As far as many investors are concerned, companies that manufacture the components used in wind- and solar-power installations are the best way to profit from the rising adoption of renewable energy—a dangerous misconception. In many instances, these names are an investor’s worst option.
Too many investors regard these firms as technology plays that develop proprietary products and cutting-edge innovations, a perception that helps to explain these stocks’ premium valuations. We prefer to focus on their erratic financial results.
In reality, these companies are manufacturing concerns that produce commodity products in a highly competitive global market.
The most successful outfits have stabilized their revenue streams by focusing on building generation capacity for utilities; these long-term contracts generate a highly visible stream of revenue. Other firms do a brisk business by selling ownership interests in solar-power projects to utilities and generation companies.
At the end of the day, all these companies compete against one another to secure orders for components and renewable-power systems. And their ongoing prosperity depends as much on the continuation of government subsidies for clean energy as it does on their ability to outhustle their rivals for business.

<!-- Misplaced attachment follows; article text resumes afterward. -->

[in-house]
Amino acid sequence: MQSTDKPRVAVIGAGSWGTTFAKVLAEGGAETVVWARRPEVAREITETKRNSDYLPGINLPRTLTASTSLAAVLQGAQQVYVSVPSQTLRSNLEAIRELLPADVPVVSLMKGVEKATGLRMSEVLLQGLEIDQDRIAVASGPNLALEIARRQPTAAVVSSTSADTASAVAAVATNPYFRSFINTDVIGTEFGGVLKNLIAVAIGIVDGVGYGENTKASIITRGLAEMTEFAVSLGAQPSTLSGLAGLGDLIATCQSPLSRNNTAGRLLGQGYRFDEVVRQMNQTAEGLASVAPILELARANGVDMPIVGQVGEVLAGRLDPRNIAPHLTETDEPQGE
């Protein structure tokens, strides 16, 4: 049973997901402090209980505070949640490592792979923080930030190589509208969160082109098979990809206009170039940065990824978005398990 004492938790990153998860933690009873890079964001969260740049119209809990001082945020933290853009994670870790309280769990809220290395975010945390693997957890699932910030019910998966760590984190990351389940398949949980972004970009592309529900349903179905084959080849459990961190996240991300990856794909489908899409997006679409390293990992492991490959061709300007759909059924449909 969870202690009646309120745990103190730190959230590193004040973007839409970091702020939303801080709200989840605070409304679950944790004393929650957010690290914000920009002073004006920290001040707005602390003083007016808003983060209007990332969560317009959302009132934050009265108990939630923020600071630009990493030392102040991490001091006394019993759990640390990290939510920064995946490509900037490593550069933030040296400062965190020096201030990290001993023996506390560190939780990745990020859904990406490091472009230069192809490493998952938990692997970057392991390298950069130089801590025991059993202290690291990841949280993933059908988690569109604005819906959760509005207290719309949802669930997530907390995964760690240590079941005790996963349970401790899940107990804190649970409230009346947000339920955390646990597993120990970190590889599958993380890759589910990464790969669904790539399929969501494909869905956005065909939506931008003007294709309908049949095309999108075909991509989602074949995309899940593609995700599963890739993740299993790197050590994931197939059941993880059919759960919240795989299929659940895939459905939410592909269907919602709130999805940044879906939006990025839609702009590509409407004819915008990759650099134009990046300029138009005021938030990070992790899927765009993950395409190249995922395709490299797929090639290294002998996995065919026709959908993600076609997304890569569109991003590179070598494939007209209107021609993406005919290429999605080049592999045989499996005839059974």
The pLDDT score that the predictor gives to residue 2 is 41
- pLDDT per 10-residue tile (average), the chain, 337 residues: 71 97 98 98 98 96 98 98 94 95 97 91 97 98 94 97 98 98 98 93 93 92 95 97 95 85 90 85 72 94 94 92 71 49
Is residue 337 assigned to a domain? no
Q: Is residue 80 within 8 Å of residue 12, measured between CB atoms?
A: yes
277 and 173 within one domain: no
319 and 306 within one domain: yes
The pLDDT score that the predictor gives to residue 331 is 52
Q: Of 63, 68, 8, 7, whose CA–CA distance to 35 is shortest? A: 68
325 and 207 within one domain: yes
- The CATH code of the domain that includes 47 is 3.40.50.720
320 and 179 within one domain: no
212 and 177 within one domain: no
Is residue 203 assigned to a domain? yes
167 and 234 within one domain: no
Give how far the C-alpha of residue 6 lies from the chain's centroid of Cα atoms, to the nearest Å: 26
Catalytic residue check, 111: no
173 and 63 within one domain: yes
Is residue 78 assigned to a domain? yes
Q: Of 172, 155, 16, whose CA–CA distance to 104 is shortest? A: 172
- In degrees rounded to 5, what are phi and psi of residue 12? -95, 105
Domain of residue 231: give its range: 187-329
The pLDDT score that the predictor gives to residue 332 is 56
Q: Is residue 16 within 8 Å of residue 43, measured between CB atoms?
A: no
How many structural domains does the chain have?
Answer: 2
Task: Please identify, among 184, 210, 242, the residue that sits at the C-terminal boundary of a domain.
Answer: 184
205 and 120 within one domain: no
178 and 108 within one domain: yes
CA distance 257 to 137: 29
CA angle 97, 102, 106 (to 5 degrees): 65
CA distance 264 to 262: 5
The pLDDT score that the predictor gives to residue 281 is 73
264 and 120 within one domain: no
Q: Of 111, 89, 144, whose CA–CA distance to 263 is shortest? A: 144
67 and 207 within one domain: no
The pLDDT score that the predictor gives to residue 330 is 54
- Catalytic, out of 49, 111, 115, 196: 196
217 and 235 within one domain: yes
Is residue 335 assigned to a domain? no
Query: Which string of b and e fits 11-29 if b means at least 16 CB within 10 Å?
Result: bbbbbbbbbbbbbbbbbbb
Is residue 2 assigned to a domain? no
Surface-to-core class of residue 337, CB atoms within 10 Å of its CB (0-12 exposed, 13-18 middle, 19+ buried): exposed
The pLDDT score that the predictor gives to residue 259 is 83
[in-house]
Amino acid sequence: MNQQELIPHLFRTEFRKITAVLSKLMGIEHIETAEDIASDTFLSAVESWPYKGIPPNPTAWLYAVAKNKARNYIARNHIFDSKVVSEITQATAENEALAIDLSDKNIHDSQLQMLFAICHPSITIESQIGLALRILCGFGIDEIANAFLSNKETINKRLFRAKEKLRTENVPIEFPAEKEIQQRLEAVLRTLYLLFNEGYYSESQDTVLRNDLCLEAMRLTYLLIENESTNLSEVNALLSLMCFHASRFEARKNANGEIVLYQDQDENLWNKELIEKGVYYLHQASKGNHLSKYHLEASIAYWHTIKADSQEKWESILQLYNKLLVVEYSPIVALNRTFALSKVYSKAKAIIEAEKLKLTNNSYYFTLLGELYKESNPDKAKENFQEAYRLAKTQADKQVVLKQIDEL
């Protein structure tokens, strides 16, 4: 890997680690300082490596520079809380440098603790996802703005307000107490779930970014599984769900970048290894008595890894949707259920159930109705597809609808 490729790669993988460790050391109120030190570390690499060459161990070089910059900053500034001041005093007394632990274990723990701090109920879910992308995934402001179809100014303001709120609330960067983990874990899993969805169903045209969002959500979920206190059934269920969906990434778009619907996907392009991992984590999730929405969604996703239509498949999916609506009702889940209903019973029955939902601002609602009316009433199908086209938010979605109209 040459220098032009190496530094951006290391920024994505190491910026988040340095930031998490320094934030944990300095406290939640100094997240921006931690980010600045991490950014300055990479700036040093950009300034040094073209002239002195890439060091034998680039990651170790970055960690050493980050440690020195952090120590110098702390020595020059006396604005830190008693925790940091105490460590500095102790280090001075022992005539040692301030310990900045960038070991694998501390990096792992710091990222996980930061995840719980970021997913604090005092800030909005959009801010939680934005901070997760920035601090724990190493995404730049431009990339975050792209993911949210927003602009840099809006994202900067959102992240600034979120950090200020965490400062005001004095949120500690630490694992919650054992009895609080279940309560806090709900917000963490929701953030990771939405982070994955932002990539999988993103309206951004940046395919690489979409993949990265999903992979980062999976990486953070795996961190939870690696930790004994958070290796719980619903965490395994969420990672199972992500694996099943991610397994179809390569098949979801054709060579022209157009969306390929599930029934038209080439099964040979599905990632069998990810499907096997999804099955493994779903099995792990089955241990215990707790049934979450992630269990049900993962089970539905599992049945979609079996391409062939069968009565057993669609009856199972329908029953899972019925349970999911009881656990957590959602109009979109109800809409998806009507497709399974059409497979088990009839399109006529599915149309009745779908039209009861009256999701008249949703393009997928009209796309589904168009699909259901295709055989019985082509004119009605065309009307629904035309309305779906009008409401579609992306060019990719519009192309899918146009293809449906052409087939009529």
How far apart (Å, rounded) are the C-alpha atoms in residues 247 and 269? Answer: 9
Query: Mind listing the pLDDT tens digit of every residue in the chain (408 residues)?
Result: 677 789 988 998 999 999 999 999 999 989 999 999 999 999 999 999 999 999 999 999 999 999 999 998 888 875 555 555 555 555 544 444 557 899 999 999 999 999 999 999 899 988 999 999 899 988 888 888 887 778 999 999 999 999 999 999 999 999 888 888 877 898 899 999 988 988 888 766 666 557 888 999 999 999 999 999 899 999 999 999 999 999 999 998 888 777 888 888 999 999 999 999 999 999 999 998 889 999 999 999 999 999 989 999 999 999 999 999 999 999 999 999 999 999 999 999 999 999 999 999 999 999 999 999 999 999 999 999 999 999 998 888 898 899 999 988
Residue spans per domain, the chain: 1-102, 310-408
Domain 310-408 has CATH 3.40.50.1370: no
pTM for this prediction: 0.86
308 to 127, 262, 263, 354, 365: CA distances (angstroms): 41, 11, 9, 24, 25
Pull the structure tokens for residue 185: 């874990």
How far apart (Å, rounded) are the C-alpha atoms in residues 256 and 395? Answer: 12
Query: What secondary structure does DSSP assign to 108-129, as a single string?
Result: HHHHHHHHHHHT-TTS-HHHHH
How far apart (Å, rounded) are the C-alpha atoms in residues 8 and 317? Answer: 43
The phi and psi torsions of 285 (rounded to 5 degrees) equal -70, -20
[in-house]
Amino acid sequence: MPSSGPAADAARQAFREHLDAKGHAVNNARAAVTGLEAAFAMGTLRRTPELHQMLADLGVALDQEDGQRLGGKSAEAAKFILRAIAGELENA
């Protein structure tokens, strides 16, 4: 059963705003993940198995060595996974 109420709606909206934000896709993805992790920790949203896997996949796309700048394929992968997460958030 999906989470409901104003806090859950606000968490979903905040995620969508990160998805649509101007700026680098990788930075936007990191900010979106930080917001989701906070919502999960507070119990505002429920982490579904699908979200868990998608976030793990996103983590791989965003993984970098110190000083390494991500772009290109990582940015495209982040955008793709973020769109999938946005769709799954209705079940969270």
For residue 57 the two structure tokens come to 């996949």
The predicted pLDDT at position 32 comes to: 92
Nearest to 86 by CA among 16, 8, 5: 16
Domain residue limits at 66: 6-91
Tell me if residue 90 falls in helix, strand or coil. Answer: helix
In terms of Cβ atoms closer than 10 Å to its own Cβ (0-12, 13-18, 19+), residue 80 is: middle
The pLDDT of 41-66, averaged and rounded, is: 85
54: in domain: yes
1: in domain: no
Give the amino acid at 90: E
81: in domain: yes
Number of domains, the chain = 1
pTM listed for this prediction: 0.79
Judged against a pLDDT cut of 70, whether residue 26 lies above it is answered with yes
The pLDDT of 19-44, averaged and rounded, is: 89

These companies’ earnings and the price histories of their stocks reinforce the cyclicality of their core business. Factors that have alternately spurred or squashed profits include rising and falling fossil-fuel prices, the US dollar’s ups and downs, speculation about the future of government energy policies and trade policies affecting Chinese manufacturers.
This volatility makes these stocks better trading vehicles for traders who understand the industry—not long-term positions for buy-and-hold investors.
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In October 2012, renowned energy expert Elliott Gue launched the Energy & Income Advisor, a twice-monthly investment advisory that's dedicated to unearthing the most profitable opportunities in the sector, from growth stocks to high-yielding utilities, royalty trusts and master limited partnerships.
Elliott and Roger on Jan. 29, 2019
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